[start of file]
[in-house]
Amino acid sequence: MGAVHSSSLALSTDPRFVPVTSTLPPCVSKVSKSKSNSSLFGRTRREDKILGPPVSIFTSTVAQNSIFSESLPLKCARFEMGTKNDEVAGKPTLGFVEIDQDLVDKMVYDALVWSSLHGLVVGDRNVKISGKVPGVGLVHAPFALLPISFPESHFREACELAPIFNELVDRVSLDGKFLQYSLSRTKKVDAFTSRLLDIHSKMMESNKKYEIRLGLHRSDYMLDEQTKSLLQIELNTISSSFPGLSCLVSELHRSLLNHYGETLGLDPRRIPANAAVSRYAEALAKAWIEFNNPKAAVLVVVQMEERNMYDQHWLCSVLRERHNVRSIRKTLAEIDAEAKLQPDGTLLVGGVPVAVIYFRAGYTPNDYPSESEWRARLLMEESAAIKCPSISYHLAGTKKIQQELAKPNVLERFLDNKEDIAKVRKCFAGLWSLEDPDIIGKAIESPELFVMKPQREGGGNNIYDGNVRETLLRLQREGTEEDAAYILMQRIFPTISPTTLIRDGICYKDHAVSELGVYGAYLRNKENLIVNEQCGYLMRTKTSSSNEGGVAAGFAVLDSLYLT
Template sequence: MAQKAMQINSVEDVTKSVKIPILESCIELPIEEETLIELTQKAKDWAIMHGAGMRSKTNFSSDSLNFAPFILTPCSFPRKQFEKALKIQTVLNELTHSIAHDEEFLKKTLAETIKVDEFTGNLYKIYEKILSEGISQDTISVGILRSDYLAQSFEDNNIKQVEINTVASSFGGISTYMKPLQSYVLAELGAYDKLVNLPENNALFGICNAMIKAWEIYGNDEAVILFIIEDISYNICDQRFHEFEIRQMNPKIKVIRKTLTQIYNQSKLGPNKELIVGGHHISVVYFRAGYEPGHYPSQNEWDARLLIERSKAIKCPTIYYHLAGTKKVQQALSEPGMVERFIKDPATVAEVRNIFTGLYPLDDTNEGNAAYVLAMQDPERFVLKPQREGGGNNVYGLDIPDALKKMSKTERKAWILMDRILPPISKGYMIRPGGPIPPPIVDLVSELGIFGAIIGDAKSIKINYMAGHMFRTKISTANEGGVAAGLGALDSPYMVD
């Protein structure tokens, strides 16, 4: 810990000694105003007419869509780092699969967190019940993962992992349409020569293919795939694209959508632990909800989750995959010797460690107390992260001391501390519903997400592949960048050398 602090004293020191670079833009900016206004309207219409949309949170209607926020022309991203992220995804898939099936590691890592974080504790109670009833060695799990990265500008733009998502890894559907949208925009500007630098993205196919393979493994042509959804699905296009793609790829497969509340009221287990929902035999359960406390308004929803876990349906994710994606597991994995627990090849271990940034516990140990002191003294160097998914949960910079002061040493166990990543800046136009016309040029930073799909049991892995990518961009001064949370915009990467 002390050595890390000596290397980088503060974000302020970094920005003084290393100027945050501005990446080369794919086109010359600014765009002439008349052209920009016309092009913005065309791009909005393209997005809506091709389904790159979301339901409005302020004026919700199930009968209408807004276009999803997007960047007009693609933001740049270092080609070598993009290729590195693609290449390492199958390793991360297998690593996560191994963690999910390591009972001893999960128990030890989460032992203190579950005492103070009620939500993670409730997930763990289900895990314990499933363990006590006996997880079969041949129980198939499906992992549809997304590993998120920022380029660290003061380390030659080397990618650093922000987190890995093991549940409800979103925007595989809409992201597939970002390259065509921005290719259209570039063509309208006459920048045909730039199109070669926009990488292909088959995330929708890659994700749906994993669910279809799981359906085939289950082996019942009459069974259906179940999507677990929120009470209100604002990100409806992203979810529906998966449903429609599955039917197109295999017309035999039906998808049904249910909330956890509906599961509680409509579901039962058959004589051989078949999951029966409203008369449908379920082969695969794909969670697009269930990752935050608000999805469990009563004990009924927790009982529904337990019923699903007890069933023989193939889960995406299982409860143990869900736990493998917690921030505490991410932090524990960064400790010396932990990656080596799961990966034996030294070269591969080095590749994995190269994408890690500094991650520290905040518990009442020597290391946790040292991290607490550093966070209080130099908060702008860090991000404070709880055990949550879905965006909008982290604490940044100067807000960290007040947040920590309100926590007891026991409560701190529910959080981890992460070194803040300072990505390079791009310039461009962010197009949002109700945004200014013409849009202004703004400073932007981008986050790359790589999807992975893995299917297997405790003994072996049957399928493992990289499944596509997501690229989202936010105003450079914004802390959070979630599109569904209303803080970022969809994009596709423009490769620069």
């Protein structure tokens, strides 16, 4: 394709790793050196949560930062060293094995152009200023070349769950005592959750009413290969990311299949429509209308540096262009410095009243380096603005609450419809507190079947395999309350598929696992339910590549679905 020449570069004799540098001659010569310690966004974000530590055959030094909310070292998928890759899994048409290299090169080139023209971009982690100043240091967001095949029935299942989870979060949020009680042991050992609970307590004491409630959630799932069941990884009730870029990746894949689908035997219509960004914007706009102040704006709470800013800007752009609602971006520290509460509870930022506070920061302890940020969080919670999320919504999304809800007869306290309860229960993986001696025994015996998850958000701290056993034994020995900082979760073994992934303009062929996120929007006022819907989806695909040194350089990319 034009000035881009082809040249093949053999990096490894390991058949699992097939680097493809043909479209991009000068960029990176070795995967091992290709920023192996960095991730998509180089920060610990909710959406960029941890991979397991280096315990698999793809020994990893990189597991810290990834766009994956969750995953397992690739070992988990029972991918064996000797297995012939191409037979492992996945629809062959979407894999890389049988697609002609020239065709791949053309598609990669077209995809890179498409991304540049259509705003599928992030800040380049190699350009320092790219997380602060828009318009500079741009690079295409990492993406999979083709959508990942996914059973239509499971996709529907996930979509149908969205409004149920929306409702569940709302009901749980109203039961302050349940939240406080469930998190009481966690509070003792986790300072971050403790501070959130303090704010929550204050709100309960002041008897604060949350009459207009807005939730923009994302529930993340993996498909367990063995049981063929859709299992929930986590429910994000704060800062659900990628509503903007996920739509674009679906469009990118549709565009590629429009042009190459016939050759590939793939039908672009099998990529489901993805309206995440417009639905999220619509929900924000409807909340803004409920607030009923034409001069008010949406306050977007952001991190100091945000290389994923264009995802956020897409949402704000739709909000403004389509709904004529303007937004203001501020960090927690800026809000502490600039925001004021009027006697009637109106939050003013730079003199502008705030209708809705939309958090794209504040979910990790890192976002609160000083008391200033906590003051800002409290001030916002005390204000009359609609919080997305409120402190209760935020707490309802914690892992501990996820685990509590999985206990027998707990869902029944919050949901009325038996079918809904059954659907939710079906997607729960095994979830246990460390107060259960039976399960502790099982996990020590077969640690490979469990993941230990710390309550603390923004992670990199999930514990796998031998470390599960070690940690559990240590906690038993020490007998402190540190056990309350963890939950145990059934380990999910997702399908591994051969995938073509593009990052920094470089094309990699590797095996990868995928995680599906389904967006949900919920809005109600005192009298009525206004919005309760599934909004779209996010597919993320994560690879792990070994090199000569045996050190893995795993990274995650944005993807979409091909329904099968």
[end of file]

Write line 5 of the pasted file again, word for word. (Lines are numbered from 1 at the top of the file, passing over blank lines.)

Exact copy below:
């Protein structure tokens, strides 16, 4: 394709790793050196949560930062060293094995152009200023070349769950005592959750009413290969990311299949429509209308540096262009410095009243380096603005609450419809507190079947395999309350598929696992339910590549679905 020449570069004799540098001659010569310690966004974000530590055959030094909310070292998928890759899994048409290299090169080139023209971009982690100043240091967001095949029935299942989870979060949020009680042991050992609970307590004491409630959630799932069941990884009730870029990746894949689908035997219509960004914007706009102040704006709470800013800007752009609602971006520290509460509870930022506070920061302890940020969080919670999320919504999304809800007869306290309860229960993986001696025994015996998850958000701290056993034994020995900082979760073994992934303009062929996120929007006022819907989806695909040194350089990319 034009000035881009082809040249093949053999990096490894390991058949699992097939680097493809043909479209991009000068960029990176070795995967091992290709920023192996960095991730998509180089920060610990909710959406960029941890991979397991280096315990698999793809020994990893990189597991810290990834766009994956969750995953397992690739070992988990029972991918064996000797297995012939191409037979492992996945629809062959979407894999890389049988697609002609020239065709791949053309598609990669077209995809890179498409991304540049259509705003599928992030800040380049190699350009320092790219997380602060828009318009500079741009690079295409990492993406999979083709959508990942996914059973239509499971996709529907996930979509149908969205409004149920929306409702569940709302009901749980109203039961302050349940939240406080469930998190009481966690509070003792986790300072971050403790501070959130303090704010929550204050709100309960002041008897604060949350009459207009807005939730923009994302529930993340993996498909367990063995049981063929859709299992929930986590429910994000704060800062659900990628509503903007996920739509674009679906469009990118549709565009590629429009042009190459016939050759590939793939039908672009099998990529489901993805309206995440417009639905999220619509929900924000409807909340803004409920607030009923034409001069008010949406306050977007952001991190100091945000290389994923264009995802956020897409949402704000739709909000403004389509709904004529303007937004203001501020960090927690800026809000502490600039925001004021009027006697009637109106939050003013730079003199502008705030209708809705939309958090794209504040979910990790890192976002609160000083008391200033906590003051800002409290001030916002005390204000009359609609919080997305409120402190209760935020707490309802914690892992501990996820685990509590999985206990027998707990869902029944919050949901009325038996079918809904059954659907939710079906997607729960095994979830246990460390107060259960039976399960502790099982996990020590077969640690490979469990993941230990710390309550603390923004992670990199999930514990796998031998470390599960070690940690559990240590906690038993020490007998402190540190056990309350963890939950145990059934380990999910997702399908591994051969995938073509593009990052920094470089094309990699590797095996990868995928995680599906389904967006949900919920809005109600005192009298009525206004919005309760599934909004779209996010597919993320994560690879792990070994090199000569045996050190893995795993990274995650944005993807979409091909329904099968």